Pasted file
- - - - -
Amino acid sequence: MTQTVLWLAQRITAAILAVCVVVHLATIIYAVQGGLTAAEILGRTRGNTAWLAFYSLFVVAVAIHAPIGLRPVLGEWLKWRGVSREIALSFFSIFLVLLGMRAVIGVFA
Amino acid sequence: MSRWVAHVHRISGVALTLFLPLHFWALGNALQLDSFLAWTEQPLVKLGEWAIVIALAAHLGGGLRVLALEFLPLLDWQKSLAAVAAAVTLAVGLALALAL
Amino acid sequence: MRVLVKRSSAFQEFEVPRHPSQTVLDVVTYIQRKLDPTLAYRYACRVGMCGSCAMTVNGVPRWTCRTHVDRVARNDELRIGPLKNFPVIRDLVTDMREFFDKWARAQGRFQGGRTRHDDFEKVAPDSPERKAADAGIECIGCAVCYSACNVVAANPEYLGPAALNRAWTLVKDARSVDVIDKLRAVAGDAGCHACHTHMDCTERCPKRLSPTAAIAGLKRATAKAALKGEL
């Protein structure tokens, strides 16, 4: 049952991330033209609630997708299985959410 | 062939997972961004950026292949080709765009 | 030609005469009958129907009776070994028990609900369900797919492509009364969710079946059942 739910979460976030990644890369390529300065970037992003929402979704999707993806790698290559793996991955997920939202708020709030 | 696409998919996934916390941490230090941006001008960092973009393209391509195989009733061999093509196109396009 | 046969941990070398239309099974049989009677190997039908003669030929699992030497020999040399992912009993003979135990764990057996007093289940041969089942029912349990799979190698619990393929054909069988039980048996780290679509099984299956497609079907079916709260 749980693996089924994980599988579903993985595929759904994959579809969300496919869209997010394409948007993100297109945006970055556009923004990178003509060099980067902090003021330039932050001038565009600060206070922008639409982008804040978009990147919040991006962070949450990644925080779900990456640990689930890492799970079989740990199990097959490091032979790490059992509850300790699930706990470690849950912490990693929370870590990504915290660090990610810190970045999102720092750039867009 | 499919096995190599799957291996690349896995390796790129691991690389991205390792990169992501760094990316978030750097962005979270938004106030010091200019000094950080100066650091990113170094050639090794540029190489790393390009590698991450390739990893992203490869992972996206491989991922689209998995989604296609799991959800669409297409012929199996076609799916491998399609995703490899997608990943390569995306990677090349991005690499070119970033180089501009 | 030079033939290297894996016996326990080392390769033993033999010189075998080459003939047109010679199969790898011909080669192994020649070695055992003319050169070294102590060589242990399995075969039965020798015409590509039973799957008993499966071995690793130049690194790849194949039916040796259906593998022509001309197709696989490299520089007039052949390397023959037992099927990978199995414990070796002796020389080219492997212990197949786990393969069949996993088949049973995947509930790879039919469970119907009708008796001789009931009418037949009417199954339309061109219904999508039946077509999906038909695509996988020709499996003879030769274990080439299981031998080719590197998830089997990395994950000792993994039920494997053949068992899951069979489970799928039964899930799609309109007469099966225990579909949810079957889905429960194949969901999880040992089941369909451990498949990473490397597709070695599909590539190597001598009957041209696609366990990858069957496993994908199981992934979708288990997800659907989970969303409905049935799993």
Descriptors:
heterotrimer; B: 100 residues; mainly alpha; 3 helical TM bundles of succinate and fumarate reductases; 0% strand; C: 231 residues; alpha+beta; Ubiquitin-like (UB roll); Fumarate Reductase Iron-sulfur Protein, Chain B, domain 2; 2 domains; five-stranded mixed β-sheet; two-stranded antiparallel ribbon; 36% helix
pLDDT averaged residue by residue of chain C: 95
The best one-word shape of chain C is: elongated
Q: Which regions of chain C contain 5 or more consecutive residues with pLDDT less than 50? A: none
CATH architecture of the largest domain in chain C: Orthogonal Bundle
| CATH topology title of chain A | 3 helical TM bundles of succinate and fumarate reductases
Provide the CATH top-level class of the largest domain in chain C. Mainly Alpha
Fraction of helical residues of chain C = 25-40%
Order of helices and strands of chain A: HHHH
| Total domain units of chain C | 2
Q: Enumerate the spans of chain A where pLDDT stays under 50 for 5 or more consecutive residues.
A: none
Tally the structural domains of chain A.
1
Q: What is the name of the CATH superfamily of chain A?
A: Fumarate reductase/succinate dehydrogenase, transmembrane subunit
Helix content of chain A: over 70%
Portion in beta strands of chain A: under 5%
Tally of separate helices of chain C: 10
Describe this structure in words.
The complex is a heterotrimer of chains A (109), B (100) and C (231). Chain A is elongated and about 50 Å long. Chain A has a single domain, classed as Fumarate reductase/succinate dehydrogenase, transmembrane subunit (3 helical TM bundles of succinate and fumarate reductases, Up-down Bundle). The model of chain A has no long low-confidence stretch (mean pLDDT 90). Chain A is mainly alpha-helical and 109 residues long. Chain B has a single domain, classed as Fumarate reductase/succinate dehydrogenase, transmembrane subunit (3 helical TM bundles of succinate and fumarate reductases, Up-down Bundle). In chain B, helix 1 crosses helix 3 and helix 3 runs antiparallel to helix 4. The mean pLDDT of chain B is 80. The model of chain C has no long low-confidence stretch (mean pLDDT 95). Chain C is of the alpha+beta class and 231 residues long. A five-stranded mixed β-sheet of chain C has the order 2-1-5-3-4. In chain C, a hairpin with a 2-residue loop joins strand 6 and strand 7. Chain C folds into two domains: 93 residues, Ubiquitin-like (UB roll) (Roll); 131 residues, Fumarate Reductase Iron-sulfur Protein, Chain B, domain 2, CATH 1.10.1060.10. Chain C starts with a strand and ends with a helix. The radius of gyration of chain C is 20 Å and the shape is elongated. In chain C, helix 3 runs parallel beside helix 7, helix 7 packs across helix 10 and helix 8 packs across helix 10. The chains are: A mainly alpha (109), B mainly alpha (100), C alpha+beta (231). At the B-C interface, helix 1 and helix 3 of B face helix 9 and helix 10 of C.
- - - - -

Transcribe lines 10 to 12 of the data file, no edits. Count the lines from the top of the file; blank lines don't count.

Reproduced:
CATH architecture of the largest domain in chain C: Orthogonal Bundle
| CATH topology title of chain A | 3 helical TM bundles of succinate and fumarate reductases
Provide the CATH top-level class of the largest domain in chain C. Mainly Alpha